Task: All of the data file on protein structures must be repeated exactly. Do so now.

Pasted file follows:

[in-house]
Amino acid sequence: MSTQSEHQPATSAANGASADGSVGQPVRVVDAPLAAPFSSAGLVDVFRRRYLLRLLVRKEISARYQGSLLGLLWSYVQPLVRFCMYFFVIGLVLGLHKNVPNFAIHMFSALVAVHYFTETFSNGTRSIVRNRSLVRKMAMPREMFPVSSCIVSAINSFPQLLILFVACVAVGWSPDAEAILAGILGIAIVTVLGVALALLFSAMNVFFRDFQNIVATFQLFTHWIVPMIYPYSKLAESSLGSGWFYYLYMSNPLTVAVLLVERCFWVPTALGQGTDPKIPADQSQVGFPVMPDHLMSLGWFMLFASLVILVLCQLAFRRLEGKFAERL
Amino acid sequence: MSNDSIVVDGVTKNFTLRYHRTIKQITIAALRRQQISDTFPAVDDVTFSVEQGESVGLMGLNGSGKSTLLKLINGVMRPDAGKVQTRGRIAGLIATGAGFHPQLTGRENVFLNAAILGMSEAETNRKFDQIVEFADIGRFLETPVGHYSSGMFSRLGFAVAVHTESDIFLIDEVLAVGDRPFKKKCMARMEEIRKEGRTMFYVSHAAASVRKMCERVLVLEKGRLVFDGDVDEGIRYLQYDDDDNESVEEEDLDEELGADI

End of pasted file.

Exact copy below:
[in-house]
Amino acid sequence: MSTQSEHQPATSAANGASADGSVGQPVRVVDAPLAAPFSSAGLVDVFRRRYLLRLLVRKEISARYQGSLLGLLWSYVQPLVRFCMYFFVIGLVLGLHKNVPNFAIHMFSALVAVHYFTETFSNGTRSIVRNRSLVRKMAMPREMFPVSSCIVSAINSFPQLLILFVACVAVGWSPDAEAILAGILGIAIVTVLGVALALLFSAMNVFFRDFQNIVATFQLFTHWIVPMIYPYSKLAESSLGSGWFYYLYMSNPLTVAVLLVERCFWVPTALGQGTDPKIPADQSQVGFPVMPDHLMSLGWFMLFASLVILVLCQLAFRRLEGKFAERL
Amino acid sequence: MSNDSIVVDGVTKNFTLRYHRTIKQITIAALRRQQISDTFPAVDDVTFSVEQGESVGLMGLNGSGKSTLLKLINGVMRPDAGKVQTRGRIAGLIATGAGFHPQLTGRENVFLNAAILGMSEAETNRKFDQIVEFADIGRFLETPVGHYSSGMFSRLGFAVAVHTESDIFLIDEVLAVGDRPFKKKCMARMEEIRKEGRTMFYVSHAAASVRKMCERVLVLEKGRLVFDGDVDEGIRYLQYDDDDNESVEEEDLDEELGADI